Hepatitis B Co-Infection is Associated with Poorer Survival of HIV-Infected Patients on Highly Active Antiretroviral Therapy in West Africa

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Hepatitis B Co-Infection is Associated with Poorer Survival of HIV-Infected Patients on Highly Active Antiretroviral Therapy in West Africa

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dc.contributor.author G Ladep, Nimzing
dc.contributor.author Agbahi, Oche O
dc.contributor.author Agaba, Patricia A
dc.contributor.author Muazu, Auwal
dc.contributor.author Ugoagwu, Placid
dc.contributor.author Imade, Godwin
dc.contributor.author Cooke, Graham S.
dc.contributor.author Vivas, Livia
dc.contributor.author McCormack, Sheena
dc.contributor.author Taylor-Robinson, Simon D
dc.contributor.author Idoko, John
dc.contributor.author Kanki, Phyllis Jean
dc.date.accessioned 2016-05-03T18:52:21Z
dc.date.issued 2013
dc.identifier.citation G Ladep, Nimzing, et all. 2013. “Hepatitis B Co-Infection Is Associated with Poorer Survival of HIV-Infected Patients on Highly Active Antiretroviral Therapy in West Africa.” Journal of AIDS & Clinical Research 01 (S3). doi:10.4172/2155-6113.s3-006. en_US
dc.identifier.issn 2155-6113 en_US
dc.identifier.uri http://nrs.harvard.edu/urn-3:HUL.InstRepos:26878043
dc.description.abstract Background: Hepatitis B has been reported to be high in HIV-infected African populations. However, the impact of this co-infection on the survival of HIV-infected Africans on long-term highly active antiretroviral therapy (HAART) remains poorly characterised. We investigated the impact of HBV/HIV co-infection on survival of HIV infected patients undergoing antiretroviral therapy in a West African population. Methods: This was a clinic-based cohort study of HIV-infected adults enrolled in Nigeria, West Africa. Study subjects (9,758) were screened for hepatitis B and hepatitis C at HAART initiation. Kaplan-Meier survival and Cox proportional hazards models were used to estimate probability of survival and to identify predictors of mortality respectively, based on hepatitis B surface antigen status. All patients had signed an informed written consent before enrolment into the study; and we additionally obtained permission for secondary use of data from the Harvard institutional review board. Results: Patients were followed up for a median of 41 months (interquartile range: 30–62 months) during which, 181 (1.9%) patients died. Most of the deaths; 143 (79.0%) occurred prior to availability of Tenofovir. Among those that were on antiretroviral therapy, hepatitis B co-infected patients experienced a significantly lower survival than HIV mono-infected patients at 74 months of follow up (94% vs. 97%; p=0.0097). Generally, hepatitis B co-infection: HBsAg-positive/HIV-positive (Hazards Rate [HR]; 1.5: 95% CI 1.09–2.11), co-morbid tuberculosis (HR; 2.2: 95% CI 1.57–2.96) and male gender (HR; 1.5: 95% CI 1.08–2.00) were significantly predictive of mortality. Categorising the patients based on use of Tenofovir, HBV infection failed to become a predictor of mortality among those on Tenofovir-containing HAART. Conclusions: HBsAg-positive status was associated with reduced survival and was an independent predictor of mortality in this African HIV cohort on HAART. However, Tenofovir annulled the impact of HBV on mortality of HIV patients in the present study cohort. en_US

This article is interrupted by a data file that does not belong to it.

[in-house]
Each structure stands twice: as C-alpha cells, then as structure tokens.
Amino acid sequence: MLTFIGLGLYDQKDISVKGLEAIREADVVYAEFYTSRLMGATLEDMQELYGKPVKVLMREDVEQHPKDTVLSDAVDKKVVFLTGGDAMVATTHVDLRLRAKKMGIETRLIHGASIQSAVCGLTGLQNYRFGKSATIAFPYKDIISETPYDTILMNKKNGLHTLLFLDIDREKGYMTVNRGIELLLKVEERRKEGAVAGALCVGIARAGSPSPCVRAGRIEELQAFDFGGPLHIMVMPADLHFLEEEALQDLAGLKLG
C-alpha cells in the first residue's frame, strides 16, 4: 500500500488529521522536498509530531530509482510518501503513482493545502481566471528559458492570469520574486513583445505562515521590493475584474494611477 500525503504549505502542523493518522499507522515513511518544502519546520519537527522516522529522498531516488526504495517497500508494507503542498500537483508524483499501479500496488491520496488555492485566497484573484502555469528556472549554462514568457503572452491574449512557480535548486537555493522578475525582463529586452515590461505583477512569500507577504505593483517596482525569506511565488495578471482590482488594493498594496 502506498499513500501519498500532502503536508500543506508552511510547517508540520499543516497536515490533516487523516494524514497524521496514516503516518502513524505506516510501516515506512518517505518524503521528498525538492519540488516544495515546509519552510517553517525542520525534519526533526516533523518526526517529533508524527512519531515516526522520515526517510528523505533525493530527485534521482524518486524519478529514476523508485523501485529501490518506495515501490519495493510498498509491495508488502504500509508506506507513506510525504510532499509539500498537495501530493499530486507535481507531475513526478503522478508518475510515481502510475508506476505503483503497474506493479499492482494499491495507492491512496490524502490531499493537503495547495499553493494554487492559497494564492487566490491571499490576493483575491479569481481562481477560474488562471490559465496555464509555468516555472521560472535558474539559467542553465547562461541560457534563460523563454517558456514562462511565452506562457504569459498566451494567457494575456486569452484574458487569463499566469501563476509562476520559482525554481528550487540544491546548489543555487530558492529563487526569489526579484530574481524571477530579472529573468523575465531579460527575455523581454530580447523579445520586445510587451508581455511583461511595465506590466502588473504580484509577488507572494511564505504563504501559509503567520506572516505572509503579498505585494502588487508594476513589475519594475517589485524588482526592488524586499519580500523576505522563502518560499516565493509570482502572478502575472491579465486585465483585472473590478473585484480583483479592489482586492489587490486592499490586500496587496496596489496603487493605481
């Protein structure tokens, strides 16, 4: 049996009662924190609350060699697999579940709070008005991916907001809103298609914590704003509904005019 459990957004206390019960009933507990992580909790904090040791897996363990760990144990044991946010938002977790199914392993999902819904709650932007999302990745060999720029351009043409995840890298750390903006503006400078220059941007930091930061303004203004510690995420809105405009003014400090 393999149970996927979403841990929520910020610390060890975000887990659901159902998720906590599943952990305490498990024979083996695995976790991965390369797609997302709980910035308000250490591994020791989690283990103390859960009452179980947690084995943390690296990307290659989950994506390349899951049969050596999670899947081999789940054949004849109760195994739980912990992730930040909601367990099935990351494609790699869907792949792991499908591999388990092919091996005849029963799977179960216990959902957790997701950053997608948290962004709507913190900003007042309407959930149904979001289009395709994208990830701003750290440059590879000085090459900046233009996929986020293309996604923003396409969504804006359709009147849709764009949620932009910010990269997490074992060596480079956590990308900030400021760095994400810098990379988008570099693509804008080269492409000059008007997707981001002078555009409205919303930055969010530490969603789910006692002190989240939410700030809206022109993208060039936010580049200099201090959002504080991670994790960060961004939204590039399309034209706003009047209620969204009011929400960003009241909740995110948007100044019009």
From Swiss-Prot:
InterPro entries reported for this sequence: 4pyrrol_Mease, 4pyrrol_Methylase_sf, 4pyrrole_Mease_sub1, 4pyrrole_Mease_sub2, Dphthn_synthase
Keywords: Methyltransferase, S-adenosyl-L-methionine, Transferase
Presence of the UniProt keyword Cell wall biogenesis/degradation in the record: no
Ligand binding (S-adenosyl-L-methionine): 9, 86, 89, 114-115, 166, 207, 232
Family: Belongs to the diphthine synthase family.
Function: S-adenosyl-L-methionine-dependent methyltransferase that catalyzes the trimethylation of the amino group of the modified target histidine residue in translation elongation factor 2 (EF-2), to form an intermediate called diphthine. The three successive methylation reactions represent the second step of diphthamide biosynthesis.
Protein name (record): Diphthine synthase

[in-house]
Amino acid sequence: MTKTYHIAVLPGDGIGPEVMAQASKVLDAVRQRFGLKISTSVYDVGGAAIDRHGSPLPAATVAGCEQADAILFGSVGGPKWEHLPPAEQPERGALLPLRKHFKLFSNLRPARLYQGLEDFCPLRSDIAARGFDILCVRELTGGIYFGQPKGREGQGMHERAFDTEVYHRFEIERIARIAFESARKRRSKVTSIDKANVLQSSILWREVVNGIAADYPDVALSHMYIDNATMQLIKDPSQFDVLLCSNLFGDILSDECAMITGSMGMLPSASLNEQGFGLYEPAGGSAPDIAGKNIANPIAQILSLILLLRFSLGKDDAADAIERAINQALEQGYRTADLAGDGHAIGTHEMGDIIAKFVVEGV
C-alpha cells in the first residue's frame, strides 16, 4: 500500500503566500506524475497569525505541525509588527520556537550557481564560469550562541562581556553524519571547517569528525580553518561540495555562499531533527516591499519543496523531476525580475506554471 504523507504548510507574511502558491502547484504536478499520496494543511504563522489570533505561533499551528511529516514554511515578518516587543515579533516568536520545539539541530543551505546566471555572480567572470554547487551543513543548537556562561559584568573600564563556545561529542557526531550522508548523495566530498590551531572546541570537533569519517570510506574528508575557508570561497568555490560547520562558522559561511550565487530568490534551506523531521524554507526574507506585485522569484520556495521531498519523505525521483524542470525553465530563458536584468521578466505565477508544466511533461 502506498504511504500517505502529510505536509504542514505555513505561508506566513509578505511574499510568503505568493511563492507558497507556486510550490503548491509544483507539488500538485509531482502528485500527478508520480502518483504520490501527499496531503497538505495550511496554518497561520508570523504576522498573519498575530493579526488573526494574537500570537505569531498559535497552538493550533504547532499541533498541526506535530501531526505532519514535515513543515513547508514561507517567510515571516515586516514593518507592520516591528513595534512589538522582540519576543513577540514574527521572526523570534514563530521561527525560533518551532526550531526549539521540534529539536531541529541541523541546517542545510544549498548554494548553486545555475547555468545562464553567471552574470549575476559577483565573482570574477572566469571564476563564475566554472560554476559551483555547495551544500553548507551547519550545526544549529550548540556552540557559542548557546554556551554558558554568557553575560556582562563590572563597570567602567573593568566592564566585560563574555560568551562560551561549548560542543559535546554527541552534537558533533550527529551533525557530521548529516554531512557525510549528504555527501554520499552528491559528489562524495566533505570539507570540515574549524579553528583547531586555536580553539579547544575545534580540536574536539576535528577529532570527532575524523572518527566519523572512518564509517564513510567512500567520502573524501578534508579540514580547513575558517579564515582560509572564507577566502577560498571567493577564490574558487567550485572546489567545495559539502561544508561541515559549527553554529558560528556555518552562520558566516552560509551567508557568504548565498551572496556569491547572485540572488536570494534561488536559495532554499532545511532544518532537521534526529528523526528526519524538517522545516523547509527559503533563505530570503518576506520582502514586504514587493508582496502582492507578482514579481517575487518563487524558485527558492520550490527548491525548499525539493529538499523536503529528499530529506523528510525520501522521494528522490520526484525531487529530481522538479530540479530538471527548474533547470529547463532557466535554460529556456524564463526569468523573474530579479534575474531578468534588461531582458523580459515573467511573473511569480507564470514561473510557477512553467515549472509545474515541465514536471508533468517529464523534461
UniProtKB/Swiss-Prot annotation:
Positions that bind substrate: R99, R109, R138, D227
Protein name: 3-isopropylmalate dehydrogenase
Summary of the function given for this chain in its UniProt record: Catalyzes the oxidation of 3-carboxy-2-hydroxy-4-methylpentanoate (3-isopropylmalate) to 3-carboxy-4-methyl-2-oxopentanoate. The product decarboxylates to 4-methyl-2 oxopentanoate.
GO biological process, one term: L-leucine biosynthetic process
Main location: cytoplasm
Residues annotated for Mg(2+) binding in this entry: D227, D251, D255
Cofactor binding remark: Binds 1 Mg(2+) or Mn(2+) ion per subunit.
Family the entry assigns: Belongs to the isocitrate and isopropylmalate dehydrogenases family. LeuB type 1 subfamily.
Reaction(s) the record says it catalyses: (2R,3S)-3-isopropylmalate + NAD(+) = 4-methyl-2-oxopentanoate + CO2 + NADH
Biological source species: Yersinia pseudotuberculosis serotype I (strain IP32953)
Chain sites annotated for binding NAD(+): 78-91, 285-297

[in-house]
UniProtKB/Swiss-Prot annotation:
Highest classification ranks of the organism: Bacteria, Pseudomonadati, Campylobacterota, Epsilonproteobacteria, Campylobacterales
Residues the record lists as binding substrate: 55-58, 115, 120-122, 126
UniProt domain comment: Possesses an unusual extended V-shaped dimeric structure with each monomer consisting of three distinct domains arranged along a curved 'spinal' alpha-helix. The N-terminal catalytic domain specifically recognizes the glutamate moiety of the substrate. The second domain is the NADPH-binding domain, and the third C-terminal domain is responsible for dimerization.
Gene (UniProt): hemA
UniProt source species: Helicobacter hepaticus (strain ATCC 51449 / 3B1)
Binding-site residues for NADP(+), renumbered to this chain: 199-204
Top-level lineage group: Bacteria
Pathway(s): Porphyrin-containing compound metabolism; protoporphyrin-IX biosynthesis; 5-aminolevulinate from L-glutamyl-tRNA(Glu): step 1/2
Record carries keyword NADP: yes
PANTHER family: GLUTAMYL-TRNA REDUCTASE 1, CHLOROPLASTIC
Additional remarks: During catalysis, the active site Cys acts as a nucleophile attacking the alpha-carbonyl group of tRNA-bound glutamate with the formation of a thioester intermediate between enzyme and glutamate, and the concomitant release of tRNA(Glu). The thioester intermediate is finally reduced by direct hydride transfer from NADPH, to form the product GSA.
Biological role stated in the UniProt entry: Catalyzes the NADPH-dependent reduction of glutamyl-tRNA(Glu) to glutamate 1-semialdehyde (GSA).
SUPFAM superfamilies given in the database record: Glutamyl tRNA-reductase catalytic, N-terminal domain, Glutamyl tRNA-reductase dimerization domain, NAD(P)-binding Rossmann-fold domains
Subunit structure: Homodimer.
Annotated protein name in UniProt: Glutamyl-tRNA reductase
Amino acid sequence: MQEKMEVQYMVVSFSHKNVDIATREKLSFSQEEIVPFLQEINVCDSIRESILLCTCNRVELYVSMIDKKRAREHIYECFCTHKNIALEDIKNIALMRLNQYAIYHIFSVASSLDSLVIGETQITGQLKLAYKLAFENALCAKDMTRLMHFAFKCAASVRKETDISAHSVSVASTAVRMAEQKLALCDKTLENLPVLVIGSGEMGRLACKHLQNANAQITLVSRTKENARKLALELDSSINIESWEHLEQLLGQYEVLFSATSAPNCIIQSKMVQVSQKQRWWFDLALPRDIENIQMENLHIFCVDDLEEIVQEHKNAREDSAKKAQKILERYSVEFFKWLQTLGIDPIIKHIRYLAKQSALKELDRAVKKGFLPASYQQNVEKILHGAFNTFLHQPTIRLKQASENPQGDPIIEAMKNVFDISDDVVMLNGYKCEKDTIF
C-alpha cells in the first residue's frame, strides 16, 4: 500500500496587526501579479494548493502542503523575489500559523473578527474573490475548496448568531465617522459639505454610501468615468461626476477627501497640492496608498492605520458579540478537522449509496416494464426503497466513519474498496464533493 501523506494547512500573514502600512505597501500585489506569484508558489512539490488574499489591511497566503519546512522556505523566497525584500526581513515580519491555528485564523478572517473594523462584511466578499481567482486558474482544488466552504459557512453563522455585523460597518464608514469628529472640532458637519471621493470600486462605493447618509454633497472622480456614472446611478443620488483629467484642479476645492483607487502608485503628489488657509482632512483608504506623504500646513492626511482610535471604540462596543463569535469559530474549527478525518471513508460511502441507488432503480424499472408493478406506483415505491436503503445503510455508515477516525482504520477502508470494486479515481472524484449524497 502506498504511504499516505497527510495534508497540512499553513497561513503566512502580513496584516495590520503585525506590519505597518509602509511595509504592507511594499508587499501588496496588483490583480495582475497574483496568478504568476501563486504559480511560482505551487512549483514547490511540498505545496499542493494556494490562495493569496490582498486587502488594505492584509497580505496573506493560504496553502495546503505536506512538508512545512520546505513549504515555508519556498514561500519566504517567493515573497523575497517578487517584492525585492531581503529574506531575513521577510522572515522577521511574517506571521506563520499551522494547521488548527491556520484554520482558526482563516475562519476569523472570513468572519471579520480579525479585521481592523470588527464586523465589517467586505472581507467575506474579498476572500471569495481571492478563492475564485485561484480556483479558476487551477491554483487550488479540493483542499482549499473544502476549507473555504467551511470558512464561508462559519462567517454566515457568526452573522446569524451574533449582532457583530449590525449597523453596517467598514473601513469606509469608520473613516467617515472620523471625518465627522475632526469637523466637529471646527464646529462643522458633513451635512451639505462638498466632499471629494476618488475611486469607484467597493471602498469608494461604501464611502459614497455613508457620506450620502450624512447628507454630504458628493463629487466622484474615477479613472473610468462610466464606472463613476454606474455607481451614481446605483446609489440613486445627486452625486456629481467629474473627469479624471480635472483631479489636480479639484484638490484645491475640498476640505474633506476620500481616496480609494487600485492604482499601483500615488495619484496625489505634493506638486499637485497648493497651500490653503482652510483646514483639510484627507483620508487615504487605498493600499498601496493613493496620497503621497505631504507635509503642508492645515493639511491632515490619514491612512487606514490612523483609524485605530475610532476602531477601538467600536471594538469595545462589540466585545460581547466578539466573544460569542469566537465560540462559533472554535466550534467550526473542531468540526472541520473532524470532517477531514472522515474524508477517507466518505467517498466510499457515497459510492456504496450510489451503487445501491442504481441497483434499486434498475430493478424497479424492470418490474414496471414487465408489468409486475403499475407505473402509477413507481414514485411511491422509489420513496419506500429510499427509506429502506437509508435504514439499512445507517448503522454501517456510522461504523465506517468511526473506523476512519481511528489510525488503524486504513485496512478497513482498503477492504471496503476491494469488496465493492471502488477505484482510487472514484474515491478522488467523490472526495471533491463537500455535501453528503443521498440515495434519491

dc.language.iso en_US en_US
dc.publisher OMICS Publishing Group en_US
dc.relation.isversionof doi:10.4172/2155-6113.S3-006 en_US
dc.relation.hasversion http://www.ncbi.nlm.nih.gov/pmc/articles/PMC4199237/ en_US
dash.license OAP
dc.subject mortality en_US
dc.subject hepatitis B surface antigen en_US
dc.subject HIV en_US
dc.subject CD4 en_US
dc.subject HAART en_US
dc.subject survival en_US
dc.subject Africa en_US
dc.title Hepatitis B Co-Infection is Associated with Poorer Survival of HIV-Infected Patients on Highly Active Antiretroviral Therapy in West Africa en_US
dc.type Journal Article en_US
dc.description.version Accepted Manuscript en_US
dc.relation.journal J AIDS Clin Res en_US
dash.depositing.author Kanki, Phyllis Jean
dc.date.available 2016-05-03T18:52:21Z
dash.funder.name US Health Resources and Services Administration en_US
dash.funder.name NIH en_US
dash.funder.award U51HA02522-01-01 en_US
dash.funder.award R24TW008878 en_US

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